How to avoid a flat car battery

Car batteries can go flat for a number of reasons, which is why we have gathered these top tips to help prevent the worst happening

RAC breakdown mechanic charging a battery

A flat battery can be a massive inconvenience, especially on dark winter mornings. Dead batteries are also one of the most common causes of breakdown callouts during the winter in the UK. 

One of the main problems is that the cold winter weather has an adverse effect on batteries, slowing down the chemical processes that occur within, which makes them particularly susceptible to losing charge in winter.

However, you can avoid the problem by regularly maintaining the battery, as you would with many other standard car components. This is why we have created this guide on the best ways to avoid a flat car battery.

1. Keep driving

Batteries are subjected to peak strain when doing a high number of short journeys, as the engine and alternator are not given enough chance to recharge the battery to its previous state. Try to do some longer journeys to give the car a chance to recharge itself. Alternatively, invest in an external battery charger.

2. Switch off

Modern cars are packed with energy sapping technology, which, if left on, will work to drain the battery very quickly.  Lights and heaters are the biggest threats for flattening a battery, however items plugged into a USB or 12V supply will also quickly drain the battery’s charge. Check your interior lights, too - leaving them on overnight could be a costly mistake.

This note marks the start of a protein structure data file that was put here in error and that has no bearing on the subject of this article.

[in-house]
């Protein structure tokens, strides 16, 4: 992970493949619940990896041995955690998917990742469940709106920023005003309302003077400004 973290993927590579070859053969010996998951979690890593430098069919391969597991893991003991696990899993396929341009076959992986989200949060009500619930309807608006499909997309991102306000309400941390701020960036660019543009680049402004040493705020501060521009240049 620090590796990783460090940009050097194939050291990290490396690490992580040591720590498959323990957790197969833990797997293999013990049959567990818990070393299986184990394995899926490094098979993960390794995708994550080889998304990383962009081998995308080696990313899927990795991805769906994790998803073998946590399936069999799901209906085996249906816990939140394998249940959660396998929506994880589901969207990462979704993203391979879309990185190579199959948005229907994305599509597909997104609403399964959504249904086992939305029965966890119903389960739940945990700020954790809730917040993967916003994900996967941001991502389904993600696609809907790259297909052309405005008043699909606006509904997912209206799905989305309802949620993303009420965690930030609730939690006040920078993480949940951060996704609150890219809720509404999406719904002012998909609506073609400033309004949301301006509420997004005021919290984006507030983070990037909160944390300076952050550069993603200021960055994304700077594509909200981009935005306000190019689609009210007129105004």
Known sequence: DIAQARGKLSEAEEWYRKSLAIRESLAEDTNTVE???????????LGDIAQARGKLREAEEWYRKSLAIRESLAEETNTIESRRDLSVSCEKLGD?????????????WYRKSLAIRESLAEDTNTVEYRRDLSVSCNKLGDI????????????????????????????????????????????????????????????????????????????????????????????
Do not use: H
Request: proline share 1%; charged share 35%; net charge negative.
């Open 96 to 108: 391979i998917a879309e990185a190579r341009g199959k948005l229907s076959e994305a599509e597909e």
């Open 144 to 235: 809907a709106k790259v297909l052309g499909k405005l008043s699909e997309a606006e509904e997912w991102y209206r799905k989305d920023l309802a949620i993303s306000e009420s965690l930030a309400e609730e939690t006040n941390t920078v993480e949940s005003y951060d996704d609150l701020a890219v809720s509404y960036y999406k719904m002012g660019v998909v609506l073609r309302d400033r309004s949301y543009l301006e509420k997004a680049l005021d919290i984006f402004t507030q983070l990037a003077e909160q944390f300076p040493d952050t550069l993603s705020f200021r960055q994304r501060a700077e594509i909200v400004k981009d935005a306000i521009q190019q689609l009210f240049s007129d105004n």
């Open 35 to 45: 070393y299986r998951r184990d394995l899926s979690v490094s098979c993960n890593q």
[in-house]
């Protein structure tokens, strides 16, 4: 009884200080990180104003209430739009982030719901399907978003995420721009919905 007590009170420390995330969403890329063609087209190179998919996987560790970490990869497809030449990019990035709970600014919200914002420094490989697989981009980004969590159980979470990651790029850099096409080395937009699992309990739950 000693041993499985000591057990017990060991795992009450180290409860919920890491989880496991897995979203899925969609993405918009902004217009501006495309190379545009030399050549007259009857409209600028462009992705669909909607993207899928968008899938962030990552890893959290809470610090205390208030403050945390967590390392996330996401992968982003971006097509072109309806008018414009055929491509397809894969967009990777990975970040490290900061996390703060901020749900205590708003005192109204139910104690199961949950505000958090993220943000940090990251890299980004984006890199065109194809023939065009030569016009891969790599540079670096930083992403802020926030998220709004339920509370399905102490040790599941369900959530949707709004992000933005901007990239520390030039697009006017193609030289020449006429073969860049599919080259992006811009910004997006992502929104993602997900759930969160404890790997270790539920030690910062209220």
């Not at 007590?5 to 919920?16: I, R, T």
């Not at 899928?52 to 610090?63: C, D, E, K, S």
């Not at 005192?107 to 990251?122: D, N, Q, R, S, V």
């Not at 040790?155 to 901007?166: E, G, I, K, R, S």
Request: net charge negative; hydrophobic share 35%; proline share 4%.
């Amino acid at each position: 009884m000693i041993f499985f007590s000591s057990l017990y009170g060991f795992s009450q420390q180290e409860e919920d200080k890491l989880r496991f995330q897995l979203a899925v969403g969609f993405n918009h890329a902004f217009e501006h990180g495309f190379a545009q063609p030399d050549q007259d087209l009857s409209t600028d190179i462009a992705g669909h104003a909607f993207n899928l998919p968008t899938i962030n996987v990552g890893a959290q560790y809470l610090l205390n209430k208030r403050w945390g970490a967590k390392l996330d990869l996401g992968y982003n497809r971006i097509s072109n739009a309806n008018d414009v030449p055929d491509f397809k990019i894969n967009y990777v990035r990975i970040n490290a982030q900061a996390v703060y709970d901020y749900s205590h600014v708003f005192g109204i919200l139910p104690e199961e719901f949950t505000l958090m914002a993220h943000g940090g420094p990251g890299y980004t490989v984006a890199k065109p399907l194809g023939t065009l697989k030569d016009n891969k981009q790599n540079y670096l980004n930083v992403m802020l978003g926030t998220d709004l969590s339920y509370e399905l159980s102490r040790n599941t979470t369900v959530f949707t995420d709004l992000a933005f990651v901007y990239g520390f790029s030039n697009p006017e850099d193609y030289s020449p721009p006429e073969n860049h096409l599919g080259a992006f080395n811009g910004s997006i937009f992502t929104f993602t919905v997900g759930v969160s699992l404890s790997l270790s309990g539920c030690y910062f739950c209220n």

3. Ease the strain

Depressing the clutch when starting the engine can help take the strain off your car. It reduces the effort needed to start, and therefore takes away some of the load on the battery. 

Foot on clutch pedal

4. Check your battery

You can do a visual check every time you lift the bonnet to look for corrosion, but it’s worth getting a professional inspection, too. If you’ve bought a used car, check the manual and make sure the previous owner had the correct battery installed. If the current battery is corroded or an incorrect fit, a replacement should prove a worthy investment.

5. Check other battery-related systems

If you’re concerned, get a professional to check over the alternator, starting system and charging systems for the car and battery. If any of these are malfunctioning, it could result in the battery being overcharged, undercharged or in some cases not charged at all – all of which will affect battery life.

6. Service your car

A poorly maintained vehicle can put extra strain on the battery. Also, if you have a garage, keep your car in it; warmer temperatures are better for batteries.

7. Know the warning signs

Noises like clicks as you turn the ignition, dashboard lights going dim or the engine turning over very slowly are all signs of low or zero battery charge.

Battery tester

8. Don’t persevere

A battery won’t magically regain charge; if it fails to start the engine, stop trying, as you’ll only flatten it further for no reason. Completely flattening a battery damages it.

9. Safety first

If you’ve conked out in a dangerous place – next to a junction, for example – try to get the car somewhere safer before continuing. If you have one, place a warning triangle 50 metres behind the car, to warn other drivers, because if the battery is flat, your hazard warning lights may not operate. You may need to push the vehicle to safety.

10. Be ready to jump start

If your battery is dead, you may need to jump start the car. Keep a set of jump leads in the car at all times and learn the procedure. Alternatively, invest in a compact battery booster pack, which can do the same job without the need for another vehicle.

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